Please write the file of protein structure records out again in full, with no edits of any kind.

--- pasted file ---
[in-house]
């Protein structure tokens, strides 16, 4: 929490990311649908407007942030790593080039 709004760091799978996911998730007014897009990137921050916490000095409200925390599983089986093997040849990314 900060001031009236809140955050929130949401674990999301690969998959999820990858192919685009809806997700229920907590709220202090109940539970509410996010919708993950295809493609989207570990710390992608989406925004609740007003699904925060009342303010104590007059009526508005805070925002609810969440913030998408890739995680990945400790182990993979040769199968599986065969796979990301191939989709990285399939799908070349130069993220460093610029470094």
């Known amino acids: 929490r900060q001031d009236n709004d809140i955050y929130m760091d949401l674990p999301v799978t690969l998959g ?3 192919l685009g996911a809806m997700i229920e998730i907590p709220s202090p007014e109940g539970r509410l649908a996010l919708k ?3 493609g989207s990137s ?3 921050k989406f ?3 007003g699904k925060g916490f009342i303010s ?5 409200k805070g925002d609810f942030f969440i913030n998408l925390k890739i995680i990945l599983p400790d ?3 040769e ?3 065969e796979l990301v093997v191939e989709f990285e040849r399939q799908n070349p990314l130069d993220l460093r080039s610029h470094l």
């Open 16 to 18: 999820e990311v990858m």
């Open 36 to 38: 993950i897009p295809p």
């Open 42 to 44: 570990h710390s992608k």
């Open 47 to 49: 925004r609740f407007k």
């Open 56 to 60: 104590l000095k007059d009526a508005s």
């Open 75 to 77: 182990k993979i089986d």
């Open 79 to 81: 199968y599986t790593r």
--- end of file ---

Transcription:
[in-house]
């Protein structure tokens, strides 16, 4: 929490990311649908407007942030790593080039 709004760091799978996911998730007014897009990137921050916490000095409200925390599983089986093997040849990314 900060001031009236809140955050929130949401674990999301690969998959999820990858192919685009809806997700229920907590709220202090109940539970509410996010919708993950295809493609989207570990710390992608989406925004609740007003699904925060009342303010104590007059009526508005805070925002609810969440913030998408890739995680990945400790182990993979040769199968599986065969796979990301191939989709990285399939799908070349130069993220460093610029470094």
């Known amino acids: 929490r900060q001031d009236n709004d809140i955050y929130m760091d949401l674990p999301v799978t690969l998959g ?3 192919l685009g996911a809806m997700i229920e998730i907590p709220s202090p007014e109940g539970r509410l649908a996010l919708k ?3 493609g989207s990137s ?3 921050k989406f ?3 007003g699904k925060g916490f009342i303010s ?5 409200k805070g925002d609810f942030f969440i913030n998408l925390k890739i995680i990945l599983p400790d ?3 040769e ?3 065969e796979l990301v093997v191939e989709f990285e040849r399939q799908n070349p990314l130069d993220l460093r080039s610029h470094l």
């Open 16 to 18: 999820e990311v990858m």
């Open 36 to 38: 993950i897009p295809p």
């Open 42 to 44: 570990h710390s992608k």
């Open 47 to 49: 925004r609740f407007k």
């Open 56 to 60: 104590l000095k007059d009526a508005s």
């Open 75 to 77: 182990k993979i089986d």
């Open 79 to 81: 199968y599986t790593r």